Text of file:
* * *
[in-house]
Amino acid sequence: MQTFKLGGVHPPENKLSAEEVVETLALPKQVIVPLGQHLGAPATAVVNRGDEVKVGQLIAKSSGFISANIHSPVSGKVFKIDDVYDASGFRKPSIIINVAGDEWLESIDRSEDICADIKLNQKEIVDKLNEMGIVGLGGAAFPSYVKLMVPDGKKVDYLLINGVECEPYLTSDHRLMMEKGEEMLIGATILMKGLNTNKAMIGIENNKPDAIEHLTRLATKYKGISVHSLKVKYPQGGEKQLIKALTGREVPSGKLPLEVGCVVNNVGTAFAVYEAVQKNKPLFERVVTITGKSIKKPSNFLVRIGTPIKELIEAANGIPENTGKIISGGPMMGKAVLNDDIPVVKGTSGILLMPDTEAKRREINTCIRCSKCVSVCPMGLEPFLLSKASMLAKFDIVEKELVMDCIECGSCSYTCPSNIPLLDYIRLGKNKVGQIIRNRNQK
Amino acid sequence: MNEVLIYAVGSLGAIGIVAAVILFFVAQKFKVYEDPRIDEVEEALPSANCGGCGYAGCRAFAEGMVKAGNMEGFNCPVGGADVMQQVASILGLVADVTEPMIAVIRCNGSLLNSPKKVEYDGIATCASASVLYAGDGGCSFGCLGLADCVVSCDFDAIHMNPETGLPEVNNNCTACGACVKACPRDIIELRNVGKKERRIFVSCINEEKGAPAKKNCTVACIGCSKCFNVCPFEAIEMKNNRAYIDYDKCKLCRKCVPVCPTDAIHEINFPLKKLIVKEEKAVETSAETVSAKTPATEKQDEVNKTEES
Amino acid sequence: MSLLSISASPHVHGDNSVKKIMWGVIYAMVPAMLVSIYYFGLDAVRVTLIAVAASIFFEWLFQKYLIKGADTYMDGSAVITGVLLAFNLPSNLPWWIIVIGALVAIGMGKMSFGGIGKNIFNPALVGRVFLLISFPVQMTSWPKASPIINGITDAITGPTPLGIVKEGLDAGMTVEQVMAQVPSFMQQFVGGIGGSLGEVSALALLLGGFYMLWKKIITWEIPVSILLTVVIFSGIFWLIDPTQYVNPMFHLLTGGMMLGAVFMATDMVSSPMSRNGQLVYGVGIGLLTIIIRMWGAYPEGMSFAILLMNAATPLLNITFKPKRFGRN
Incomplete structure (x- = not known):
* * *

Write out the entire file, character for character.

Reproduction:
[in-house]
Amino acid sequence: MQTFKLGGVHPPENKLSAEEVVETLALPKQVIVPLGQHLGAPATAVVNRGDEVKVGQLIAKSSGFISANIHSPVSGKVFKIDDVYDASGFRKPSIIINVAGDEWLESIDRSEDICADIKLNQKEIVDKLNEMGIVGLGGAAFPSYVKLMVPDGKKVDYLLINGVECEPYLTSDHRLMMEKGEEMLIGATILMKGLNTNKAMIGIENNKPDAIEHLTRLATKYKGISVHSLKVKYPQGGEKQLIKALTGREVPSGKLPLEVGCVVNNVGTAFAVYEAVQKNKPLFERVVTITGKSIKKPSNFLVRIGTPIKELIEAANGIPENTGKIISGGPMMGKAVLNDDIPVVKGTSGILLMPDTEAKRREINTCIRCSKCVSVCPMGLEPFLLSKASMLAKFDIVEKELVMDCIECGSCSYTCPSNIPLLDYIRLGKNKVGQIIRNRNQK
Amino acid sequence: MNEVLIYAVGSLGAIGIVAAVILFFVAQKFKVYEDPRIDEVEEALPSANCGGCGYAGCRAFAEGMVKAGNMEGFNCPVGGADVMQQVASILGLVADVTEPMIAVIRCNGSLLNSPKKVEYDGIATCASASVLYAGDGGCSFGCLGLADCVVSCDFDAIHMNPETGLPEVNNNCTACGACVKACPRDIIELRNVGKKERRIFVSCINEEKGAPAKKNCTVACIGCSKCFNVCPFEAIEMKNNRAYIDYDKCKLCRKCVPVCPTDAIHEINFPLKKLIVKEEKAVETSAETVSAKTPATEKQDEVNKTEES
Amino acid sequence: MSLLSISASPHVHGDNSVKKIMWGVIYAMVPAMLVSIYYFGLDAVRVTLIAVAASIFFEWLFQKYLIKGADTYMDGSAVITGVLLAFNLPSNLPWWIIVIGALVAIGMGKMSFGGIGKNIFNPALVGRVFLLISFPVQMTSWPKASPIINGITDAITGPTPLGIVKEGLDAGMTVEQVMAQVPSFMQQFVGGIGGSLGEVSALALLLGGFYMLWKKIITWEIPVSILLTVVIFSGIFWLIDPTQYVNPMFHLLTGGMMLGAVFMATDMVSSPMSRNGQLVYGVGIGLLTIIIRMWGAYPEGMSFAILLMNAATPLLNITFKPKRFGRN
Incomplete structure (x- = not known):